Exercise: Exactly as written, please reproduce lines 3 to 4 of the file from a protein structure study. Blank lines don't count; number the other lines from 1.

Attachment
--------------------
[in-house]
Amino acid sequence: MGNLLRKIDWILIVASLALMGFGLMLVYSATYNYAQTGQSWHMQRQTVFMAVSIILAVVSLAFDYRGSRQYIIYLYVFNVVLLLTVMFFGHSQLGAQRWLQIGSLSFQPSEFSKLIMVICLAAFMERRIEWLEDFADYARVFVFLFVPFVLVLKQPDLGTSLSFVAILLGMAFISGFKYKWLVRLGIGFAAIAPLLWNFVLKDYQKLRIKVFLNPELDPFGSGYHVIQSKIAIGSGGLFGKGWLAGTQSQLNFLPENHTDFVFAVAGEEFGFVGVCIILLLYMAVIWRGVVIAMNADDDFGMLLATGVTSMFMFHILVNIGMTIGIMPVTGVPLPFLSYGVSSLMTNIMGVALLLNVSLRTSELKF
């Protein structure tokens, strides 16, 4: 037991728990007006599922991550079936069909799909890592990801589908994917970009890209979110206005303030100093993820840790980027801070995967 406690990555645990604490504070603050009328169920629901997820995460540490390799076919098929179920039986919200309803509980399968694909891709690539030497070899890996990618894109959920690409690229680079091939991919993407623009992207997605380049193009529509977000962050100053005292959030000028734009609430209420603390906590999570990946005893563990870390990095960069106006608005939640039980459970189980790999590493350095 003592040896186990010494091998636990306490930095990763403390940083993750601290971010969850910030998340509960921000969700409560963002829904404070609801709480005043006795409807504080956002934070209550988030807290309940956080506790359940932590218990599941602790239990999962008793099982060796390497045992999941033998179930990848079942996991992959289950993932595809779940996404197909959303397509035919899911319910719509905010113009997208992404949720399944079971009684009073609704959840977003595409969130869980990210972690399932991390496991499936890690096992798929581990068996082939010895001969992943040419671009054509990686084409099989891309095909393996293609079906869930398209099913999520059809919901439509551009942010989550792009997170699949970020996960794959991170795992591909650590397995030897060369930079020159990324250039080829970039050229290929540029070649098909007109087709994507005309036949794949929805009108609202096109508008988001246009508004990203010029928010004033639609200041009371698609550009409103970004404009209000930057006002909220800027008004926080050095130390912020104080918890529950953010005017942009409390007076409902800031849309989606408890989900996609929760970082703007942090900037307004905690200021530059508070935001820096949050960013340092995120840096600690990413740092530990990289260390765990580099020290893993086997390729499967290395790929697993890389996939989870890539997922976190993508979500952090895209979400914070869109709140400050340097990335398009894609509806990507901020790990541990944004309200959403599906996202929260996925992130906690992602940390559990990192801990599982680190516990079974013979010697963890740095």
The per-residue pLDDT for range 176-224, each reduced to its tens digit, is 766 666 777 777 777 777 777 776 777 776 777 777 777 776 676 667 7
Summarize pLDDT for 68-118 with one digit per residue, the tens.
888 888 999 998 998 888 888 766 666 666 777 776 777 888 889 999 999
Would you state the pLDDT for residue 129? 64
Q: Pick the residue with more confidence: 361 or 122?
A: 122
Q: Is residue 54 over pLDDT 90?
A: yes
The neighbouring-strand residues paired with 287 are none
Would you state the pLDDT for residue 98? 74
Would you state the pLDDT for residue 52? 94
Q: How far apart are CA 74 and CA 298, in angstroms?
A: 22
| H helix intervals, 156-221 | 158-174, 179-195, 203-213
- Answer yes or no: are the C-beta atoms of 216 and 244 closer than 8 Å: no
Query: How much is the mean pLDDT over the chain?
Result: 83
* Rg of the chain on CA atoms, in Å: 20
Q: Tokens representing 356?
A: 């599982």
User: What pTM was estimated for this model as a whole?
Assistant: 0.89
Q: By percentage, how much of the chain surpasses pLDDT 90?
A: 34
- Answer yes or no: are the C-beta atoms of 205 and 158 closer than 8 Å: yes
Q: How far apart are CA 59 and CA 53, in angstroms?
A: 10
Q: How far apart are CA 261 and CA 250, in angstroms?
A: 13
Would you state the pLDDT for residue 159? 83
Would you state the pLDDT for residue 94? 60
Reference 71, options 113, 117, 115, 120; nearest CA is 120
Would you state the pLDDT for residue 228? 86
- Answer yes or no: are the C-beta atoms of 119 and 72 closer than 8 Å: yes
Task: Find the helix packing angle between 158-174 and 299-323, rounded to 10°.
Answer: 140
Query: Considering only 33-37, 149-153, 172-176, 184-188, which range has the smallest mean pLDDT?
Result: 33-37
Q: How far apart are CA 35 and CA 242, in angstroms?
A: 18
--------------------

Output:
């Protein structure tokens, strides 16, 4: 037991728990007006599922991550079936069909799909890592990801589908994917970009890209979110206005303030100093993820840790980027801070995967 406690990555645990604490504070603050009328169920629901997820995460540490390799076919098929179920039986919200309803509980399968694909891709690539030497070899890996990618894109959920690409690229680079091939991919993407623009992207997605380049193009529509977000962050100053005292959030000028734009609430209420603390906590999570990946005893563990870390990095960069106006608005939640039980459970189980790999590493350095 003592040896186990010494091998636990306490930095990763403390940083993750601290971010969850910030998340509960921000969700409560963002829904404070609801709480005043006795409807504080956002934070209550988030807290309940956080506790359940932590218990599941602790239990999962008793099982060796390497045992999941033998179930990848079942996991992959289950993932595809779940996404197909959303397509035919899911319910719509905010113009997208992404949720399944079971009684009073609704959840977003595409969130869980990210972690399932991390496991499936890690096992798929581990068996082939010895001969992943040419671009054509990686084409099989891309095909393996293609079906869930398209099913999520059809919901439509551009942010989550792009997170699949970020996960794959991170795992591909650590397995030897060369930079020159990324250039080829970039050229290929540029070649098909007109087709994507005309036949794949929805009108609202096109508008988001246009508004990203010029928010004033639609200041009371698609550009409103970004404009209000930057006002909220800027008004926080050095130390912020104080918890529950953010005017942009409390007076409902800031849309989606408890989900996609929760970082703007942090900037307004905690200021530059508070935001820096949050960013340092995120840096600690990413740092530990990289260390765990580099020290893993086997390729499967290395790929697993890389996939989870890539997922976190993508979500952090895209979400914070869109709140400050340097990335398009894609509806990507901020790990541990944004309200959403599906996202929260996925992130906690992602940390559990990192801990599982680190516990079974013979010697963890740095």
The per-residue pLDDT for range 176-224, each reduced to its tens digit, is 766 666 777 777 777 777 777 776 777 776 777 777 777 776 676 667 7